By Jane Harris
Faber & Faber, 320 pages, $25
The first story Jane Harris ever wrote was about her ex-boyfriend, a transvestite. She was broke and living in Portugal. It was 1990. Now, 16 years later, Harris, 44, lives in London and has published her first novel, The Observations, a bewitching story of gothic proportions set in Victorian Scotland. This ebullient book tells the tale of Bessy Buckley, a feisty young Irish housekeeper embroiled in a complex web of secrets, lies, scandals and ghosts unfolding against the backdrop of an industrializing Scotland with its pastoral fields bludgeoned into coal pits.
The Observations has arrived with much fanfare in Britain. It is Faber & Faber's lead spring debut fiction title, with what is said to be the house's largest initial print run of a first novel. Harris is being compared to Sarah Waters. Befitting the gothic nature of The Observations, the book almost perished in the author's attic. Harris had abandoned it after about 100 pages. Three years ago, she rescued the writing, sending it off to publishers. Story has it that rights sold around the world based on those few pages.
The Observations is bawdy and rollicking. In 1863, the plucky Bessy, our 15-year-old heroine, is on the run from a seamy (and tragic) life in Glasgow. She happens upon a housekeeping job in rural Scotland at Castle Haivers, working for the beautiful Arabella Reid. But nothing is as it seems. Castle Haivers is a crumbling manor house. Arabella is no typical lady of the manor and Bessy no innocent serving girl. Bessy has a complicated and scandalous past she hopes to keep hidden just as Arabella hides the mysterious death of her much beloved previous maid, Nora.
Arabella is oddly delighted to find Bessy literate and asks her to keep a journal. Bessy quickly develops a deep loyalty and affection for her "missus" despite her bafflement over the strange tasks Arabella assigns her. After discovering the true reason Arabella wants her to keep a journal, a jealous Bessy plays a trick on Arabella but it spins out of control. The plot is full of marvellous twists, pitches and rolls -- revealing any more would diminish the page-turning pleasure.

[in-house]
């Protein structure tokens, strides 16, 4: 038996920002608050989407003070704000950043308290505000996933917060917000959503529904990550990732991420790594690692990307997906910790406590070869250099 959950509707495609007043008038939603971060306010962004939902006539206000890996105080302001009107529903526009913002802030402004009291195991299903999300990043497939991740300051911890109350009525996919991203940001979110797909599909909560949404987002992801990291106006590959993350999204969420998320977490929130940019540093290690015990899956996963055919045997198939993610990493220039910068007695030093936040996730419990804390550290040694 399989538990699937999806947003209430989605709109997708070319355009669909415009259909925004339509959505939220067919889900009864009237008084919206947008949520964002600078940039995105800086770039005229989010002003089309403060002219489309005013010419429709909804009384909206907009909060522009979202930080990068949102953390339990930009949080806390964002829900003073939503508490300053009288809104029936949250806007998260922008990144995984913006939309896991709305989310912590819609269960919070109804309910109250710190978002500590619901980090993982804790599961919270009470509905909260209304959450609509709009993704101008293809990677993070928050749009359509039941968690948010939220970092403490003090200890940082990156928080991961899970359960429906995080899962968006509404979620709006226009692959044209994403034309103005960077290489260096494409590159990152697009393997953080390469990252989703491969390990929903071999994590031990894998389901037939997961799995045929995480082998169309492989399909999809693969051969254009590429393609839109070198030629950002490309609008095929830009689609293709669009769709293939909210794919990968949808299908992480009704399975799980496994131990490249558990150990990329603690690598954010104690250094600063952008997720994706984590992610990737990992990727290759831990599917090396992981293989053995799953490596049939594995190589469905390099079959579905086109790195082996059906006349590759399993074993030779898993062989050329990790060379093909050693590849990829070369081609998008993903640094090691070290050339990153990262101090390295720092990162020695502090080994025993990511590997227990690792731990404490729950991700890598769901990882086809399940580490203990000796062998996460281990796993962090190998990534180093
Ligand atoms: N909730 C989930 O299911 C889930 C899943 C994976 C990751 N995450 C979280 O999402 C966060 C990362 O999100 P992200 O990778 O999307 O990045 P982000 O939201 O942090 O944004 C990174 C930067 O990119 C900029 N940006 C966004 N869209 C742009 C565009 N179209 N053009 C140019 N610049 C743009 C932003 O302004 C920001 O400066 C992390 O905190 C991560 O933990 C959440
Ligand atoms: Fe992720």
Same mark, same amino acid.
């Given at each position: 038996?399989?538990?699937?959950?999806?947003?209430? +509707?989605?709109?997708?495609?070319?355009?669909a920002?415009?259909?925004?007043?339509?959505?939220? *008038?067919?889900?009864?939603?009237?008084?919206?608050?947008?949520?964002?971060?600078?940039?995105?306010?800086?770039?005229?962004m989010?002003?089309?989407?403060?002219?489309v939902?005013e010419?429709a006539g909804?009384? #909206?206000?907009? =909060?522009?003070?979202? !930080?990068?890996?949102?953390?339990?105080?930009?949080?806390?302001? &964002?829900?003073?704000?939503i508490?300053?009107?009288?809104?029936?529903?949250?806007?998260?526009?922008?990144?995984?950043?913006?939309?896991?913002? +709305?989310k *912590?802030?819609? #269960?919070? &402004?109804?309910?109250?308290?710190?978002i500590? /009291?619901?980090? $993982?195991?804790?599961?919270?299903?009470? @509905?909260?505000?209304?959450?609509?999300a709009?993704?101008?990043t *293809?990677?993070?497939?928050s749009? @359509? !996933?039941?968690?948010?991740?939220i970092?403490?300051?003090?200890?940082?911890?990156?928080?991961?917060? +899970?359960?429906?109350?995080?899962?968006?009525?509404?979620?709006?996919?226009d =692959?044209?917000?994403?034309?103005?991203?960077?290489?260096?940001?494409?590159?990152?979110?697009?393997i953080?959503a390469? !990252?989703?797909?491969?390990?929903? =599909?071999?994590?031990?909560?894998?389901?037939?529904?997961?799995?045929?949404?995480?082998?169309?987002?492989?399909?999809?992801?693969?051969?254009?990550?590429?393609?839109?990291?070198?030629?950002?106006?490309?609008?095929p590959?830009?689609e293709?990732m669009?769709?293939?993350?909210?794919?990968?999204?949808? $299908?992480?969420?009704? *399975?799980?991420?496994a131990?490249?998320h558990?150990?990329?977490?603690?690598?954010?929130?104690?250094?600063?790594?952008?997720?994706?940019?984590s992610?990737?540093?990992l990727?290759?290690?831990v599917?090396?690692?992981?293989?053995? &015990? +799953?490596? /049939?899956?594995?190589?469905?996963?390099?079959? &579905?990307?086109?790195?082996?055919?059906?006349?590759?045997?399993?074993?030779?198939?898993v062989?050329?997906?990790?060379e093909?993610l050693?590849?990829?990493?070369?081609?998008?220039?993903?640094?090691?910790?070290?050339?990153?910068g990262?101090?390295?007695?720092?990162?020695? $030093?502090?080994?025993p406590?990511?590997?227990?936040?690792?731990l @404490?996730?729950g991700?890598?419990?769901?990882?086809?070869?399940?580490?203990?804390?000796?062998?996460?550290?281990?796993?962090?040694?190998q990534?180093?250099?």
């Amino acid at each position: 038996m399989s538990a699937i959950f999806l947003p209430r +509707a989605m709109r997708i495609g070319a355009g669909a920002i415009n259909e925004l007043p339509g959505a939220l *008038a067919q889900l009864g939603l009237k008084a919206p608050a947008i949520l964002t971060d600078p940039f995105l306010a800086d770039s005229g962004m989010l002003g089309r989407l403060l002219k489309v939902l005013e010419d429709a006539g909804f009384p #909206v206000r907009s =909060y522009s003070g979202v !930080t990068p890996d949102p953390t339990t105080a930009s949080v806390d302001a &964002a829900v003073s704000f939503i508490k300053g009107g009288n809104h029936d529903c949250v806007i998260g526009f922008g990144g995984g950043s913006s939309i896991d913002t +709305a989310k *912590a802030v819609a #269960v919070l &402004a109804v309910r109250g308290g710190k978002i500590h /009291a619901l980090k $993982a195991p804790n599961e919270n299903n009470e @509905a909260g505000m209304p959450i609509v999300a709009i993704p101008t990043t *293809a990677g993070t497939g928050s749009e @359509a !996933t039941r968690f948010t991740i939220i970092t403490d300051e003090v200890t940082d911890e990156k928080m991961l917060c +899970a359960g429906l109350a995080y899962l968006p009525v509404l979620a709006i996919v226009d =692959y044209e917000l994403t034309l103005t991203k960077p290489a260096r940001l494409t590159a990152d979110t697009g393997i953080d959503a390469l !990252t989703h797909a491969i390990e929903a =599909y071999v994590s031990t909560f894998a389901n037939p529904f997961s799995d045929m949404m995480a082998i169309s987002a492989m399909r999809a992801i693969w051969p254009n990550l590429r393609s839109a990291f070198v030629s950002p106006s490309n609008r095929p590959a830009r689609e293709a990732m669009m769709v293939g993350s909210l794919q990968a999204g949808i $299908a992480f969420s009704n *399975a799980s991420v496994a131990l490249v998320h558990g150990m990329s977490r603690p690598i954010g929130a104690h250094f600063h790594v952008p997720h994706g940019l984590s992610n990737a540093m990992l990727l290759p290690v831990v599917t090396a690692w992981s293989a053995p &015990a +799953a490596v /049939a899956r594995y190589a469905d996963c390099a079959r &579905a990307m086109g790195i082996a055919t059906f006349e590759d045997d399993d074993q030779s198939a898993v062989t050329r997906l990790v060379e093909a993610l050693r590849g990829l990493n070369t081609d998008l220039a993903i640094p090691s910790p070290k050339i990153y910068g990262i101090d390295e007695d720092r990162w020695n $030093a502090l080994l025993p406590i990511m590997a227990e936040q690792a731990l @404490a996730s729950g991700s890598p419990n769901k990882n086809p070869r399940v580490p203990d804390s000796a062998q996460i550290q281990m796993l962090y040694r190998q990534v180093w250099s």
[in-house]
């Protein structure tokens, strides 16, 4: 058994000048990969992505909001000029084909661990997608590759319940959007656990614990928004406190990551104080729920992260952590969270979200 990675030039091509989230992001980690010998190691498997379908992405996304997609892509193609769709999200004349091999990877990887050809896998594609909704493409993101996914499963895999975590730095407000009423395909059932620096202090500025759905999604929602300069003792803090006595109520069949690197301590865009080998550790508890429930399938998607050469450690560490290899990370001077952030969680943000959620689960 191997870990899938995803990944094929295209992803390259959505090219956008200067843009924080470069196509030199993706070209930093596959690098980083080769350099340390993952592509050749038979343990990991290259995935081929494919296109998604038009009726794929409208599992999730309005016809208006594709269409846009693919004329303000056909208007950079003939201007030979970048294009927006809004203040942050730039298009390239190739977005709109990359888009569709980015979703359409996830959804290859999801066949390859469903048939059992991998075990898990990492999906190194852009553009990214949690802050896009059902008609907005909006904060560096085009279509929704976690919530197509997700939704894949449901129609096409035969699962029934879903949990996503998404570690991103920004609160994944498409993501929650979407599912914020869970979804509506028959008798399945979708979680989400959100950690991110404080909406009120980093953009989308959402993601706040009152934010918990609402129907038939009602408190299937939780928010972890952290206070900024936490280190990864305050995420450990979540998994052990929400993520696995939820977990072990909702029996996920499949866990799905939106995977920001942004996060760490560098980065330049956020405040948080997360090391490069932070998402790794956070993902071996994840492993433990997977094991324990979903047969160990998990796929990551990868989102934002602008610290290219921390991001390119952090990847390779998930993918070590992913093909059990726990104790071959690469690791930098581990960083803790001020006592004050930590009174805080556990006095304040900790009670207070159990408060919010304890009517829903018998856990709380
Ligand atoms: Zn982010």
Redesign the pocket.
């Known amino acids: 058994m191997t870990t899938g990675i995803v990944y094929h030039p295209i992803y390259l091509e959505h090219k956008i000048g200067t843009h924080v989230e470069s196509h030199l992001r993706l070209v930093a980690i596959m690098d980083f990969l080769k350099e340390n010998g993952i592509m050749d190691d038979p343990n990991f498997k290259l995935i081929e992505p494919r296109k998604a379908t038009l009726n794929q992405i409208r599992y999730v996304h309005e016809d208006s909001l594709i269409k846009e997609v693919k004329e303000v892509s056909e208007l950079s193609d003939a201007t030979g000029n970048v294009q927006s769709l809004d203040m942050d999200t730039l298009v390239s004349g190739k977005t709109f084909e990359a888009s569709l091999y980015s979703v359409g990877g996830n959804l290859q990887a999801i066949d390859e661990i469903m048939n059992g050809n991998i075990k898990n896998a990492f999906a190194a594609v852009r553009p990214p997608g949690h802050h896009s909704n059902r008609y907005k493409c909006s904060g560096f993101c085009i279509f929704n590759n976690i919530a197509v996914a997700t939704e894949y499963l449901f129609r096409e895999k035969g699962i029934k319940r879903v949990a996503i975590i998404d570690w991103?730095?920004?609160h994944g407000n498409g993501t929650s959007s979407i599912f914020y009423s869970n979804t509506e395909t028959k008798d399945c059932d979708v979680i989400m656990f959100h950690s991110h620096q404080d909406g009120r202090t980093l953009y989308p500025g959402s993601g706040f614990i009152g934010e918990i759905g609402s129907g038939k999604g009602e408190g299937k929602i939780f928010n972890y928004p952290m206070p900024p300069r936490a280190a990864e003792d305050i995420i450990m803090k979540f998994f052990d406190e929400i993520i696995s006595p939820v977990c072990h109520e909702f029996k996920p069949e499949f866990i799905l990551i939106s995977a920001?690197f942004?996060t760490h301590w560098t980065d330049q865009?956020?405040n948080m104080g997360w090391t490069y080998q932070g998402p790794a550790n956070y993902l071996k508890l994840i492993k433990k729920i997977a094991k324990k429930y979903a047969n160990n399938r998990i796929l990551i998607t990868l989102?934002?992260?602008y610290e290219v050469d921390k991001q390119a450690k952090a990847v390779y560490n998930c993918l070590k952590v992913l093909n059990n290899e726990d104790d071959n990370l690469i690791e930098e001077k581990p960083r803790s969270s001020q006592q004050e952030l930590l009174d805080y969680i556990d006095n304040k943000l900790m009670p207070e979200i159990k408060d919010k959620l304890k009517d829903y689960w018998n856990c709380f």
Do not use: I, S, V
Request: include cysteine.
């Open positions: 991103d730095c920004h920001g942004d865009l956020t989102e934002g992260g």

With a nod to Dickens, Jane Eyre, Jane Austen's Northanger Abbey and even to Irish Big House novels such as Maria Edgeworth's Castle Rackrent, Harris, with her vivid characters and ingenious structure, has written a unique book. Told as a journal within a journal within a memoir, the novel is a combination of suspense, ghost tale and coming-of-age story. It is an account of watching and remembering, perception and deception and of longing and friendship.
Harris has created an unforgettable and complex character in Bessy, who leaps off the page with vivacity and hilarity. Bessy's shocking past is subtly revealed, adding a dimension of quiet sadness to the high-spirited character. Bessy is also possessed of a childlike spontaneity that is both a blessing and a curse. Her voice sings through the novel, speaking in a rhythmic Scots-Irish dialect: "I sat in the kitchen playing with the cat until the missus rang for me to clear away the tea things and get Old Bollix his stinky coat. But could I get shot of the old scut, devil the bit of it. Even once he was in the blasted coat he stood there in the hall with his hat on smiling fondly, going 'Aah-haah!' And asking nosy questions. Right enough he was different to your usual You Pee, most of them was miserable as Sin, but he did not fool me for a second. I give him the old 'Yes sir no sir 3 bags full sir,' and at last, after what seemed like an Eternity I got him out of the door and closed it firmly behind him."
Comedic and dramatic, The Observations comes to an unexpected ending with every thread pulled tightly together. It's clear that Harris is every bit as tenacious as her Bessy, so there is little chance her next novel, also set in Victorian Scotland, will languish in the garret. I'll be waiting with bated breath.
Christy Ann Conlin, author of Heave, is finishing a novel about a contemporary maid in a dilapidated Nova Scotia manor house.